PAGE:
5.1 Improving Ensemble Forecasting in the Global Forecast System by Better Accounting for Additional Sources of Uncertainty

Tuesday, 12 January 2016: 11:00 AM
Room 226/227 ( New Orleans Ernest N. Morial Convention Center)
Philip Pegion, CIRES/Univ. of Colorado, Boulder, CO; and G. Bates, M. Gehne, T. Hamill, and J. S. Whitaker

In order for an ensemble forecast system to be effective as a forecasting tool, all sources of forecast uncertainty need to be accounted for. Historically, ensembles were generated by perturbations to the initial conditions, and the chaotic nature of the atmospheric models caused those small initial perturbations to grow over time. Although, this does produce an ensemble of forecasts, the results are typically under-dispersive, and result in a model forecast that is over confident.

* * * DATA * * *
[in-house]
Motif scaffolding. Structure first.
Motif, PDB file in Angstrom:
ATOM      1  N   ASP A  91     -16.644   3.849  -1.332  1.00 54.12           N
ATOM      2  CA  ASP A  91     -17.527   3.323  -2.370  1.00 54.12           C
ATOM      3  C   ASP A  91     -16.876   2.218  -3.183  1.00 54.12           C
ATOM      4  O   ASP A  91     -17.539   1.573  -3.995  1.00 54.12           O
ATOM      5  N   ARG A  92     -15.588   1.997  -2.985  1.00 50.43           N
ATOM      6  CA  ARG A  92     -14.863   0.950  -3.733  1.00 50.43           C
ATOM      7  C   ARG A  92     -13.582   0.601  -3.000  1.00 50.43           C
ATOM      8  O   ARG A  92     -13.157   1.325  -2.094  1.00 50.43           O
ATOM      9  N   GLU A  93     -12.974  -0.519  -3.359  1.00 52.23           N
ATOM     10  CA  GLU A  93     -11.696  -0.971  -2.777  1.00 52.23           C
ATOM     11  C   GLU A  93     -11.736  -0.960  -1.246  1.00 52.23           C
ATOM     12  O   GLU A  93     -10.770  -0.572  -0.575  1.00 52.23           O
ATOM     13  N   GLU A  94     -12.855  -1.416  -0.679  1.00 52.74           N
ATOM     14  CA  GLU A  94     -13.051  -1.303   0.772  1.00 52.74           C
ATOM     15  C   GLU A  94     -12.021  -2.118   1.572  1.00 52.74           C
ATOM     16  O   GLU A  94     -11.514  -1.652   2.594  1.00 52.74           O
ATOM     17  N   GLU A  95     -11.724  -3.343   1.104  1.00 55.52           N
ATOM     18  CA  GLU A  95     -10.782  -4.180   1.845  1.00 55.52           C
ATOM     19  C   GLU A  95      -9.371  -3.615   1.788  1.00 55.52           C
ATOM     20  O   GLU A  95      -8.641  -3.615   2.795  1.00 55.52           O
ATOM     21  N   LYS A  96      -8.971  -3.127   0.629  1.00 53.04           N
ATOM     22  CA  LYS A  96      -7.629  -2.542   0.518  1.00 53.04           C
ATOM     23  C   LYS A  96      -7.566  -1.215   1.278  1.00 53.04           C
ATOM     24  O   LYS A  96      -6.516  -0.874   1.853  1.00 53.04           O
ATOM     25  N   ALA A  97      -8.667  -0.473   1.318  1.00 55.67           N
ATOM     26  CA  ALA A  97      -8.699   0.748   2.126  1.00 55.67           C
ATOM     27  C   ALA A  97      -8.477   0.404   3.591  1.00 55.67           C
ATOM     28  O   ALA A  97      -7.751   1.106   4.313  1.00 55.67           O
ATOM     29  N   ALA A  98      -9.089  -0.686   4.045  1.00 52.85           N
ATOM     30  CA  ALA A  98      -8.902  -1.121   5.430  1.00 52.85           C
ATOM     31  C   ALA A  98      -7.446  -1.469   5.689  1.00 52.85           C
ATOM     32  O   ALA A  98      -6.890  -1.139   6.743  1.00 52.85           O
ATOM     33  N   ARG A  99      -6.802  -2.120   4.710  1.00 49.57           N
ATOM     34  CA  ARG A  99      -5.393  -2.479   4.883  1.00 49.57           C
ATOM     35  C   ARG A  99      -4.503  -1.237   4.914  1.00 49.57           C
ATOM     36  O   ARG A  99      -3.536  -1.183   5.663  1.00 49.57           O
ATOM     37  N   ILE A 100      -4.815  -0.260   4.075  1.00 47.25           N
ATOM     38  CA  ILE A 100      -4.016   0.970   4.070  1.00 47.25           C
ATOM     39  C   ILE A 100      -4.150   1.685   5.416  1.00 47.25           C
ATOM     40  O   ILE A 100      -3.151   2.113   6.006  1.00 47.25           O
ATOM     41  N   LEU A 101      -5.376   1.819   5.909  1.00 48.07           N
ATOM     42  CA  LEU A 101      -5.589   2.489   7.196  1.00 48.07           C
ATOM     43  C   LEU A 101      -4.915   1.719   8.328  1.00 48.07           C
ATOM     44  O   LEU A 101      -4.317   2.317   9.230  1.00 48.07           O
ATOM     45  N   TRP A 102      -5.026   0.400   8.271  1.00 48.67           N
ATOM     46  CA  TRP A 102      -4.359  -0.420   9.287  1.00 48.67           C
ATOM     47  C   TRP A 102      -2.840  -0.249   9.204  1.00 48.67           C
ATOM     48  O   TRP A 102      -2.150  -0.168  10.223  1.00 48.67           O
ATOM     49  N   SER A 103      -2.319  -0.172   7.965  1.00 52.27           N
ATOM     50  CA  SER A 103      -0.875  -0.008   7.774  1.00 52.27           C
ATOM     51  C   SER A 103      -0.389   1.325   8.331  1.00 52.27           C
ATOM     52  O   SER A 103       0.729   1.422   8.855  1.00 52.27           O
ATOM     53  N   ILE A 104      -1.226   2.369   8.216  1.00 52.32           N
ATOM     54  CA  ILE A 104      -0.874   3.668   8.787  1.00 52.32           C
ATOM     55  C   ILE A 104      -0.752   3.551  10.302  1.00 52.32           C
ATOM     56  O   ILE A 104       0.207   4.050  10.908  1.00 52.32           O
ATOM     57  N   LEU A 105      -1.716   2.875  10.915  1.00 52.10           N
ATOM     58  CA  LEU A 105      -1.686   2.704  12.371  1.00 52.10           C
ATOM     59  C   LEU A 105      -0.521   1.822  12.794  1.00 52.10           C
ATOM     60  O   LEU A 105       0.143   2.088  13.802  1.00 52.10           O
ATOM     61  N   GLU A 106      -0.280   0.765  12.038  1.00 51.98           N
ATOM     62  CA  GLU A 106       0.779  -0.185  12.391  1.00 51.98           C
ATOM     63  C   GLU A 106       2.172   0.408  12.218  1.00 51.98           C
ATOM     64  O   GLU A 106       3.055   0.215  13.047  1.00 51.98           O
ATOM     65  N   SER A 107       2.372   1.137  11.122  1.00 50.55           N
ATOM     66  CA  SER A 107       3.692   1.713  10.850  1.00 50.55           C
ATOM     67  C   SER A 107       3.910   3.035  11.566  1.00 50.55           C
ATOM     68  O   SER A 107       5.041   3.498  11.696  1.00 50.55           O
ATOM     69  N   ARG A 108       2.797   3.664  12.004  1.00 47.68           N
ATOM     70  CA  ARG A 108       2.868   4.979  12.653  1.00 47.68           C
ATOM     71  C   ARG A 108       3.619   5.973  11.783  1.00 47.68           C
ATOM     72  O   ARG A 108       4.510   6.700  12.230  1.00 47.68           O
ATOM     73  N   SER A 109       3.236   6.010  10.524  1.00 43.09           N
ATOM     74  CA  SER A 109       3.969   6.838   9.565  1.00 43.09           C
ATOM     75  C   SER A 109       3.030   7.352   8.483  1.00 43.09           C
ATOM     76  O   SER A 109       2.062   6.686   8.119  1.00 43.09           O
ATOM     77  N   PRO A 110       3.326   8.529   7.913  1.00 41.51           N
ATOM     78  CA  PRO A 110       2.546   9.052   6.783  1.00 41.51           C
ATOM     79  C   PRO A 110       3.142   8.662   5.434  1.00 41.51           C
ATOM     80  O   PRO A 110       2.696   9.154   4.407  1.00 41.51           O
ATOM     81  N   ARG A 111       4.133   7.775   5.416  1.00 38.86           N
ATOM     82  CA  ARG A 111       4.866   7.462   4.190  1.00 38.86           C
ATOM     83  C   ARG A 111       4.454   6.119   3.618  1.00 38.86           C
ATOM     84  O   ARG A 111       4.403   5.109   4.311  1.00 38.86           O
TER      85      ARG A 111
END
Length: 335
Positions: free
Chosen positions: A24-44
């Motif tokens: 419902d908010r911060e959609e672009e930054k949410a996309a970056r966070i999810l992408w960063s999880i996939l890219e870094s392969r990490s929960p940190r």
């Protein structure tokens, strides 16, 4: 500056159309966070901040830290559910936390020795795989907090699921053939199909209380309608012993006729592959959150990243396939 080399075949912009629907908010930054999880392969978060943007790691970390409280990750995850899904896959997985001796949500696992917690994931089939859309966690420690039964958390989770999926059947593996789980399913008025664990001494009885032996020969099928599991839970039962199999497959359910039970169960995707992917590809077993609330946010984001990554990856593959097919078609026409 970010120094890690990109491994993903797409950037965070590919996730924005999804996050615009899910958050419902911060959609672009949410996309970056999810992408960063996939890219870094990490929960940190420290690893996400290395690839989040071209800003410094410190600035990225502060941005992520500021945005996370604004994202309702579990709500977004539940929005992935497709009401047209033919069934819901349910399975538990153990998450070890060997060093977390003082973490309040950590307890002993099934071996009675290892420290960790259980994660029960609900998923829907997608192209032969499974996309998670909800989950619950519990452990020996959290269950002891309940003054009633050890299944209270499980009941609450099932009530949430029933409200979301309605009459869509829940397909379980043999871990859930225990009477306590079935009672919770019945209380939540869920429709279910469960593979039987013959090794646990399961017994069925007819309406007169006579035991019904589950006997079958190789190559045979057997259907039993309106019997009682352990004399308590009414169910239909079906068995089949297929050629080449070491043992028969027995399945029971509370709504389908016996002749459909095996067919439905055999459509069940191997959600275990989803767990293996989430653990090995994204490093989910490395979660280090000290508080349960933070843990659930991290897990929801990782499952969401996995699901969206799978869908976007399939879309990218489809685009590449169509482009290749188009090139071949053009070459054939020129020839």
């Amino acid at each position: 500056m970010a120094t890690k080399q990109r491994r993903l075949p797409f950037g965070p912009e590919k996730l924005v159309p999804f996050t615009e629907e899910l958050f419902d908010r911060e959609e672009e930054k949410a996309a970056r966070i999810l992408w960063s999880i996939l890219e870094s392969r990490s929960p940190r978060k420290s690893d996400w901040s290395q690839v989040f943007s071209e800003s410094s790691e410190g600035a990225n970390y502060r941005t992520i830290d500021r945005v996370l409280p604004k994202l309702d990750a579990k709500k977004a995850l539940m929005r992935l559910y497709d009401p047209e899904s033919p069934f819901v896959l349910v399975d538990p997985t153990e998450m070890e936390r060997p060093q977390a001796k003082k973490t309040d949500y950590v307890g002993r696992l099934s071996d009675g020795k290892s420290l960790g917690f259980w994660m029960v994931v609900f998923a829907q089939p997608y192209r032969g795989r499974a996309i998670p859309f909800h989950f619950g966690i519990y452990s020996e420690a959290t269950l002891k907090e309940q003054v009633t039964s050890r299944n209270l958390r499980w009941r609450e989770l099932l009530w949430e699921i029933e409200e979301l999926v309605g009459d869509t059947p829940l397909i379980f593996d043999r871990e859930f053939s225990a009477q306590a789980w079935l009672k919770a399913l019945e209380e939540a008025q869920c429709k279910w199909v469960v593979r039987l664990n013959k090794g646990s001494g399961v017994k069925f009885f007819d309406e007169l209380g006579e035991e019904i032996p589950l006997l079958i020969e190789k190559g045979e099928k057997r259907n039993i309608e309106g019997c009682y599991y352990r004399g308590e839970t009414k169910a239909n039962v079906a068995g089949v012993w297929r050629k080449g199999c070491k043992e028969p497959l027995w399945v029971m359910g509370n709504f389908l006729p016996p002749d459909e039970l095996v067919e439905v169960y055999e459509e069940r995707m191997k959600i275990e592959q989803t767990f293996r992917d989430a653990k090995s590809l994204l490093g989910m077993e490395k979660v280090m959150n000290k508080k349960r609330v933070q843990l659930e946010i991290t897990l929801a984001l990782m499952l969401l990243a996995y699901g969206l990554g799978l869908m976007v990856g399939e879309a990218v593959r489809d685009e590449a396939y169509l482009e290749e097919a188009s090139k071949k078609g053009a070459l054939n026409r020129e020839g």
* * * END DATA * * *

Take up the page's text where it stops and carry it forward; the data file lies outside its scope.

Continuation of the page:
The current operational Global Forecast System (GFS) ensemble run by the National Weather Service has a technique to address model uncertainty, but it is only effective in the winter-hemisphere's storm track. New methods of addressing uncertainty have been implemented into the GFS by NOAA/ESRL, and have been running in operations since January 2015 as part of the data assimilation cycle. More recently, a new method for addressing uncertainty in the lower boundary conditions (SST and land surface) has been added, and these additions being considered in a future upgrade to the GFS ensemble. The benefits of addressing model uncertainty during the forecasts will be presented.

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